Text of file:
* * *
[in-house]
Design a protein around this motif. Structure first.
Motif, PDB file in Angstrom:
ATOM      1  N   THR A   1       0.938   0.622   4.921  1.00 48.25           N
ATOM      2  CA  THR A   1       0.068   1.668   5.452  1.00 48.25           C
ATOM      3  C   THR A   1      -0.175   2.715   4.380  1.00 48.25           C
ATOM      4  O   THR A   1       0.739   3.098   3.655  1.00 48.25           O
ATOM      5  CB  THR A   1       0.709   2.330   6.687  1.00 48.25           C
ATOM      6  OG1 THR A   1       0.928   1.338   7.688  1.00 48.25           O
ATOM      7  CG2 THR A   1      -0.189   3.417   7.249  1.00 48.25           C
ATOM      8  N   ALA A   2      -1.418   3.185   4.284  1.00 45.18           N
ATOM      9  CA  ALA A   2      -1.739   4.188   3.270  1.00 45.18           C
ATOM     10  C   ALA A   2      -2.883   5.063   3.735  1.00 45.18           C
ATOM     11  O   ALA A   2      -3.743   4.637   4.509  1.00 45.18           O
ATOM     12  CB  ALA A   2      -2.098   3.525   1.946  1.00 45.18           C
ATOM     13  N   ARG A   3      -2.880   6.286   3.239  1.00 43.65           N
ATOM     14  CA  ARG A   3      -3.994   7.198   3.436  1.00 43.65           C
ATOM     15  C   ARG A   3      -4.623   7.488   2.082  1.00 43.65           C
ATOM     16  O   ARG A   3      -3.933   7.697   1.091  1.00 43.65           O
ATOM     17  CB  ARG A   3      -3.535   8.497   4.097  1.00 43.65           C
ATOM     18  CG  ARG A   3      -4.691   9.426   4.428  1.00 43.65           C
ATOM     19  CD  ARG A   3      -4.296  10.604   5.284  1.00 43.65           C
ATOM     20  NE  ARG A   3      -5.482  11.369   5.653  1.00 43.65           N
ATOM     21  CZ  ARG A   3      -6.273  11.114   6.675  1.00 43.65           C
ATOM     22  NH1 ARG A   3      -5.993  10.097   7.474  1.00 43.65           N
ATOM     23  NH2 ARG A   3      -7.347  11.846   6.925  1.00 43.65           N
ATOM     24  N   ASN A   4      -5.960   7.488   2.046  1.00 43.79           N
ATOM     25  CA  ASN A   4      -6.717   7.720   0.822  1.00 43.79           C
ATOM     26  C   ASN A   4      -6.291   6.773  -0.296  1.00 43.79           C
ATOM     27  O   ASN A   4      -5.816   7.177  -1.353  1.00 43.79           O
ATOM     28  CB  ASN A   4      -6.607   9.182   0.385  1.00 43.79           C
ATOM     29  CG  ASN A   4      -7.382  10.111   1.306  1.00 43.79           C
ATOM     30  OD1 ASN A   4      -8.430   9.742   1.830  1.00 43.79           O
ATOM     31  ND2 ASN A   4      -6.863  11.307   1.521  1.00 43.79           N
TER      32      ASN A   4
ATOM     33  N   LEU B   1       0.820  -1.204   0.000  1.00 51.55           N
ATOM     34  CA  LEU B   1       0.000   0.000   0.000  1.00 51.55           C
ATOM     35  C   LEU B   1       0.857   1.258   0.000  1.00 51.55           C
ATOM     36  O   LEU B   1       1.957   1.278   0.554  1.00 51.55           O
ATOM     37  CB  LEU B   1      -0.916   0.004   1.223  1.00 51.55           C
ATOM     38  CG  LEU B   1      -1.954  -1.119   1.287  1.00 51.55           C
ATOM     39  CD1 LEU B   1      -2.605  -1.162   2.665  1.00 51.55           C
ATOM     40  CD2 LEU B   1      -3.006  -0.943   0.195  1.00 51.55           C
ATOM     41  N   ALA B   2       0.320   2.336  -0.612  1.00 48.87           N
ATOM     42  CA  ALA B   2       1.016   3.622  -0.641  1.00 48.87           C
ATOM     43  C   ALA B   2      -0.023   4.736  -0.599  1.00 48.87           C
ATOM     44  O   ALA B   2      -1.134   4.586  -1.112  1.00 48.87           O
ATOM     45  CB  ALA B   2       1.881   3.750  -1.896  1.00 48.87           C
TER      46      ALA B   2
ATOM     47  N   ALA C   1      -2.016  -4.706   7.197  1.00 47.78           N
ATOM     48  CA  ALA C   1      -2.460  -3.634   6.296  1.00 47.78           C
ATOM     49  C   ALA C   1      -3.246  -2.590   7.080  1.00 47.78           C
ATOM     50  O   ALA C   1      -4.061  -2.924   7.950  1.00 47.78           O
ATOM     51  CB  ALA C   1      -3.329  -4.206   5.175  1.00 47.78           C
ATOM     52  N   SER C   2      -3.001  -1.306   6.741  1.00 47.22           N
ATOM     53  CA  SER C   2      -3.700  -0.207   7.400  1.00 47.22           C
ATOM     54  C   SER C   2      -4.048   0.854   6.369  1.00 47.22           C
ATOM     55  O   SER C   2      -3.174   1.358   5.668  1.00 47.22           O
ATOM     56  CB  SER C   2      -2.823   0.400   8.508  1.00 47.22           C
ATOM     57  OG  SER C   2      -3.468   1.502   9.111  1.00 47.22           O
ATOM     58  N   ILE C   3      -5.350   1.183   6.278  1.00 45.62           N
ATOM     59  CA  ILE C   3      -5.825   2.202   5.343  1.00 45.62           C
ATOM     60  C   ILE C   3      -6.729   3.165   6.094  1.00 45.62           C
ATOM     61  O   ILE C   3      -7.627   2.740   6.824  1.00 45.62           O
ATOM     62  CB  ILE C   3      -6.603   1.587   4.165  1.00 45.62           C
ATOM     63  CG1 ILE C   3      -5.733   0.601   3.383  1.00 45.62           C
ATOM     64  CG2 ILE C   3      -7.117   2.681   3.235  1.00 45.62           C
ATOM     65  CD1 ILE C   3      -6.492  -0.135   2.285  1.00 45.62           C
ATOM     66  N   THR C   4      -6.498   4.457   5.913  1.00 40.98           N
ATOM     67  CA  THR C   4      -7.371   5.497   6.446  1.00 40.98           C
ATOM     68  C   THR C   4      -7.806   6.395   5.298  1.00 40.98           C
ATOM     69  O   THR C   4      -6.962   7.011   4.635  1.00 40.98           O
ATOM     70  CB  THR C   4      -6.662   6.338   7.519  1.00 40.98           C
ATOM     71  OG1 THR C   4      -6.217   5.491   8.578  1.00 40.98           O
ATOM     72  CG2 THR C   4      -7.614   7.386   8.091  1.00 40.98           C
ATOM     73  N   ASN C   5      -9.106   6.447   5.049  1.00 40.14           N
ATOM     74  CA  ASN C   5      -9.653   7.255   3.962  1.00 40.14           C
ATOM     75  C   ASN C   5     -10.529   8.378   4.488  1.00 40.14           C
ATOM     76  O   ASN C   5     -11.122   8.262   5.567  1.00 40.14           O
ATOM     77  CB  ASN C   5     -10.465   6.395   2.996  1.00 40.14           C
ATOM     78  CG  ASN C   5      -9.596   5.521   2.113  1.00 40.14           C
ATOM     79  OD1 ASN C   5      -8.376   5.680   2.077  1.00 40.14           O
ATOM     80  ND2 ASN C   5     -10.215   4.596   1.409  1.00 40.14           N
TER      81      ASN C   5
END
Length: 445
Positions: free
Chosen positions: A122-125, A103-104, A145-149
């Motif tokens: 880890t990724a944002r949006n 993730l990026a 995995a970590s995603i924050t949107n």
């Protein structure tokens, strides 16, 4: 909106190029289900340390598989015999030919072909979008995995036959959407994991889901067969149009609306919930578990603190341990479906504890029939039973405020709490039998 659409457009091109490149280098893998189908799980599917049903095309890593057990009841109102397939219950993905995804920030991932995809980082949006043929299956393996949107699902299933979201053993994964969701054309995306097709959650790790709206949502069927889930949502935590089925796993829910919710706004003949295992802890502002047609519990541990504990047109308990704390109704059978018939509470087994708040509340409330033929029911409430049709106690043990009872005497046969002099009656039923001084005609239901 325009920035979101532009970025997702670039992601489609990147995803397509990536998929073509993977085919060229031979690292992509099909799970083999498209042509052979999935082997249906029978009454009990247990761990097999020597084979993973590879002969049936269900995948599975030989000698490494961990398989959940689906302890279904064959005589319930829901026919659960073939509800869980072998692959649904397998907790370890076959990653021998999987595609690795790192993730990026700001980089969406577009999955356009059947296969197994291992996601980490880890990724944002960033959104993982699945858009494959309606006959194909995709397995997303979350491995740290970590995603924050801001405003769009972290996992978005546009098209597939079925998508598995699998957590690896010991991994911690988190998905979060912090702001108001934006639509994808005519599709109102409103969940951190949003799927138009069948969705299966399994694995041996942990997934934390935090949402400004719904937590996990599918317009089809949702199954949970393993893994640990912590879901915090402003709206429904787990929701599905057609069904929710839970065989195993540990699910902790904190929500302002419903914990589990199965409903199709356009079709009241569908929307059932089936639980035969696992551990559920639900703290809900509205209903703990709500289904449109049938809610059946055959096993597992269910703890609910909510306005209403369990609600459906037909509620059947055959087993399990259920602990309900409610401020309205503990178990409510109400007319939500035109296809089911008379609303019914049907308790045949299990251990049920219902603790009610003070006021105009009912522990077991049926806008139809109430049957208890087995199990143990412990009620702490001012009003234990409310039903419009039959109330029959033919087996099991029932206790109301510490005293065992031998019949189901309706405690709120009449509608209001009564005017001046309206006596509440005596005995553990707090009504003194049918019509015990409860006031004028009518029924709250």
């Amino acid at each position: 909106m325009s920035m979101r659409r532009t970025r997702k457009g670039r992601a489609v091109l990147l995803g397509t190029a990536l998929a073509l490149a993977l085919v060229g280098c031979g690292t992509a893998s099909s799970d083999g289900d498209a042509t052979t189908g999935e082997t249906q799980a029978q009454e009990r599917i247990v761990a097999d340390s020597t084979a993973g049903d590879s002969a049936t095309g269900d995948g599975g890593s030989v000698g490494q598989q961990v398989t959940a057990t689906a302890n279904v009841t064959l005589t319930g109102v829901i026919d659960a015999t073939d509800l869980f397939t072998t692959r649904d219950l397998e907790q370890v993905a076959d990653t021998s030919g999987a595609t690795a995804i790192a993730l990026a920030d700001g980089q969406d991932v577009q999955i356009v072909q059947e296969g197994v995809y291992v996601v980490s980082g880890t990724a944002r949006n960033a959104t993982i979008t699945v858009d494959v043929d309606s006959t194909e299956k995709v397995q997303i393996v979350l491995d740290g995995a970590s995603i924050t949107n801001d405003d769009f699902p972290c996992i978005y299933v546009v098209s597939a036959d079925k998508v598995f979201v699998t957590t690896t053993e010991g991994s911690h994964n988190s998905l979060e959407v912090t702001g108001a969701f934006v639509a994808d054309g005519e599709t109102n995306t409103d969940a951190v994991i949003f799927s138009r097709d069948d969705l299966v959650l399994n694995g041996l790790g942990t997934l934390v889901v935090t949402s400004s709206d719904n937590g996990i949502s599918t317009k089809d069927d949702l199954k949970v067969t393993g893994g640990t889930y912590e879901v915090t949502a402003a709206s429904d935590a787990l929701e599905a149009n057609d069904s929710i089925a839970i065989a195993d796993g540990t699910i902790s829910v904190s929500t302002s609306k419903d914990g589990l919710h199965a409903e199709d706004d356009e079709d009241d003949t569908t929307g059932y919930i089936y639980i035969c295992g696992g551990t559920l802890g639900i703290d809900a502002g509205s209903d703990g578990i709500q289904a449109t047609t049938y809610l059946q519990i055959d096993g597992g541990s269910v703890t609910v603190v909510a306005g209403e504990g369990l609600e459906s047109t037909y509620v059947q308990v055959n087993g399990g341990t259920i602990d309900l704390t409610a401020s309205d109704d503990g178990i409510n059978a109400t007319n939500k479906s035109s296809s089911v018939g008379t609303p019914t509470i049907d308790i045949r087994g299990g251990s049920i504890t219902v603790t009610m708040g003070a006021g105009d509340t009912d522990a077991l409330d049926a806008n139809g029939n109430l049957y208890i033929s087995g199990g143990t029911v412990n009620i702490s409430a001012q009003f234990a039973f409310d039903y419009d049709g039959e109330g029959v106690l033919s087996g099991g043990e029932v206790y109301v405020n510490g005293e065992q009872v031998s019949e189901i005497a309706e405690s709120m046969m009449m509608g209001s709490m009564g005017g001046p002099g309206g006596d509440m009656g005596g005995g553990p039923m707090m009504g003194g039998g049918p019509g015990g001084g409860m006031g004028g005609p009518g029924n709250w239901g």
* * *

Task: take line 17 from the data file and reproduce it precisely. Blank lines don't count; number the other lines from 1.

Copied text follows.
ATOM     14  CA  ARG A   3      -3.994   7.198   3.436  1.00 43.65           C